Question --

I'm using alcohol to clean the strings, and it works great. I use cotton swabs to ensure there isn't much to drip.

But is it normal to want to clean it every day? I find wiping my strings with a cloth simply doesn't work as well.

I've tried switching rosin -- that helped significantly, but still, even before the alcohol idea, I've had a need to clean the strings quite meticulously.

July 1, 2009 at 09:37 AM ·

Lots of things will seem to work well. What the luthiers here are trying to do is reduce unintended consequences. We are the ones who most frequently see these consequences. Often, musicians are so embarrassed when something goes wrong with their cleaning method, that they don't even tell their friends.

This was the case with one high-level player, and one Strad. The whole thing was kept very hush-hush.

July 1, 2009 at 12:46 PM ·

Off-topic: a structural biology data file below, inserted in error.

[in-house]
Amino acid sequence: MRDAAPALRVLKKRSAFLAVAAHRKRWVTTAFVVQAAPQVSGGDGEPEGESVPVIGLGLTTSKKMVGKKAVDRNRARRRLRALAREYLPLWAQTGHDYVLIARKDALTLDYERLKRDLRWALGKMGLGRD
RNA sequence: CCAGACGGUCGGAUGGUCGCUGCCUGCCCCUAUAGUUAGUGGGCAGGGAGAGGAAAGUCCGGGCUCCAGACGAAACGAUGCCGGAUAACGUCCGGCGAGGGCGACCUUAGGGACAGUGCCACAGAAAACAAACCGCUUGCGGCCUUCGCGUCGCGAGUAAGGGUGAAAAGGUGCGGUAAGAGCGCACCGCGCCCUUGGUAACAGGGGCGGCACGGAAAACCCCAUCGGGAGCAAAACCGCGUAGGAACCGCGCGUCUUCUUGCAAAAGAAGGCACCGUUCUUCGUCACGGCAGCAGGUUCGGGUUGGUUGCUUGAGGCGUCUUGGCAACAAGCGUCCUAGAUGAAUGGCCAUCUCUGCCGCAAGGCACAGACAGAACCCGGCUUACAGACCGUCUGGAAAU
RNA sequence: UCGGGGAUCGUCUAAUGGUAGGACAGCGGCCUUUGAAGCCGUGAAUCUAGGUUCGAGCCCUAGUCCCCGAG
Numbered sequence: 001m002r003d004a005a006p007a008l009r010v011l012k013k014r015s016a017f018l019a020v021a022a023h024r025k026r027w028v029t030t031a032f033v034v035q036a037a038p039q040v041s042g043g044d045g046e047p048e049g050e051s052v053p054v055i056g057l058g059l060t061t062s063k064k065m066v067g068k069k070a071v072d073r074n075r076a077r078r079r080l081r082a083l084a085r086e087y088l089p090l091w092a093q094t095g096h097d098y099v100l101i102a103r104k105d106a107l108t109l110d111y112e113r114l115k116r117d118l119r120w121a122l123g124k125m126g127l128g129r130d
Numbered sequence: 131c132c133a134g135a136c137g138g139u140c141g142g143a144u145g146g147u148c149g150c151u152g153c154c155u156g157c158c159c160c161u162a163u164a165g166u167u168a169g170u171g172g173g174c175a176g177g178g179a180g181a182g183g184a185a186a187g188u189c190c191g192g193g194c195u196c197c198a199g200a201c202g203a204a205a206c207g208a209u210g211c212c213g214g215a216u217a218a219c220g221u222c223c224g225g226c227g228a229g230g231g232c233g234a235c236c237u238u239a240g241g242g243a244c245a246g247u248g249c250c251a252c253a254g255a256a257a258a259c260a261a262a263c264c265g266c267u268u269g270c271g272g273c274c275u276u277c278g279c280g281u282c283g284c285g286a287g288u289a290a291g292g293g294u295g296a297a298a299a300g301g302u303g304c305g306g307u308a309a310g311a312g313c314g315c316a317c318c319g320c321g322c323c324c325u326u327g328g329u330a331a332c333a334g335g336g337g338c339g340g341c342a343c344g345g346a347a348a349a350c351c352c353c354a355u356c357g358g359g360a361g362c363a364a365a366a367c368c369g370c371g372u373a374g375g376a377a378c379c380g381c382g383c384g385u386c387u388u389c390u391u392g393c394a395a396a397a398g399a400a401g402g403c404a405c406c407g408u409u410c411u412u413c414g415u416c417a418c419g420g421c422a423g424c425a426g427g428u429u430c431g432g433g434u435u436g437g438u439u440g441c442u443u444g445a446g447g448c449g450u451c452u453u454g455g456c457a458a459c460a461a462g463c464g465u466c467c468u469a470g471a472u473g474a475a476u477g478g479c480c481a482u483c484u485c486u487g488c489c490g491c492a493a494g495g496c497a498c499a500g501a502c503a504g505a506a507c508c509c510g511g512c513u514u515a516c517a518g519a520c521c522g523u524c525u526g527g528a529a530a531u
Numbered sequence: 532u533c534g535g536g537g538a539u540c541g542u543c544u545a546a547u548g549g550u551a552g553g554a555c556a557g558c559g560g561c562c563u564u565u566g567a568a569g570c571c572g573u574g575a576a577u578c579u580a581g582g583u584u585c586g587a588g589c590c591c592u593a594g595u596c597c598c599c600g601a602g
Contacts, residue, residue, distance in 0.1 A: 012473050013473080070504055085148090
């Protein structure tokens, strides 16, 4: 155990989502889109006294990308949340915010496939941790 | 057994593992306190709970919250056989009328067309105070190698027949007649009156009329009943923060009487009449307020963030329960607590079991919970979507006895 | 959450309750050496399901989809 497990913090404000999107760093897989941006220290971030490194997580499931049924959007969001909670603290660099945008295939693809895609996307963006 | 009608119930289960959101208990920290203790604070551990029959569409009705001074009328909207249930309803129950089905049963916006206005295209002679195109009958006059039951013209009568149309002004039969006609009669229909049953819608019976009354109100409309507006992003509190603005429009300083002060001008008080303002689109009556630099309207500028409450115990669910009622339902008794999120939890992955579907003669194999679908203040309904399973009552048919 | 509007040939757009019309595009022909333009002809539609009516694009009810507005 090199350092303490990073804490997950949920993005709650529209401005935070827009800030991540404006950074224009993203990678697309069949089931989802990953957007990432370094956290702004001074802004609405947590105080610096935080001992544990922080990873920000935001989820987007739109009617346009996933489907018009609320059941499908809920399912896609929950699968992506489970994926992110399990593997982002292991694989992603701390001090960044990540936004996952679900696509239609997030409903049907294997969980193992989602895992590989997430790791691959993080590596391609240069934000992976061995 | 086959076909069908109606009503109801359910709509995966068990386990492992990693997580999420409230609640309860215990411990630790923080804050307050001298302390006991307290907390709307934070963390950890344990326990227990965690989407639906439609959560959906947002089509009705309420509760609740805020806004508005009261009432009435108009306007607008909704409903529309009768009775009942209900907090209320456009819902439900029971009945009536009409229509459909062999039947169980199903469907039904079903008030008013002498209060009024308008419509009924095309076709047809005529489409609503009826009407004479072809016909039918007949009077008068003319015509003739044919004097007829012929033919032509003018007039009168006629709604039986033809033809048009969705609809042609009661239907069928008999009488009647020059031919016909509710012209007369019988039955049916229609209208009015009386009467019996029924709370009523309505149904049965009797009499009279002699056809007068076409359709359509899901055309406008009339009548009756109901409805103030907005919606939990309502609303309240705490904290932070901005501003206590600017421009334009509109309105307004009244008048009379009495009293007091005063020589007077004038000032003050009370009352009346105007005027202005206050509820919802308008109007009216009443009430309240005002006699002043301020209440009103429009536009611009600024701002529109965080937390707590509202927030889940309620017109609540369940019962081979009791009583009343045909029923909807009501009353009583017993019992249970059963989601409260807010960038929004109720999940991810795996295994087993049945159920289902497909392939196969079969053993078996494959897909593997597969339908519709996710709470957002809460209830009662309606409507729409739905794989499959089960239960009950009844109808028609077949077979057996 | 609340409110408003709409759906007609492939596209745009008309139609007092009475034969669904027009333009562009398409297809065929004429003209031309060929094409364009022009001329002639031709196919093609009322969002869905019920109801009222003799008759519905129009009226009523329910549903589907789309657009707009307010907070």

I personally stay away from any kind of liqud or solvents.  I have found the best method is a tiny piece of very fine grade steel wool.  I hold the violin against my chest and lean forward a bit so any residue that falls off falls to the ground, not on the belly under the strings. 

Thanks for the tip on the cork.  that seems to work really well also.  but I'd be worried about any resins or oils that may still reside in the cork and ultimately coat your strings and decrease their life or transfer to the bow hair.

July 1, 2009 at 01:17 PM ·

I'd much rather cork than steel wool. Steel wool is abrasive, and easily cuts into silver and aluminum string windings, altering tone and reducing string life.  It is also heavily oiled to keep it from rusting, which it would do immediately if not protected.  Not to mention the residue of steel filings, which is why I banned it from my shop for decades.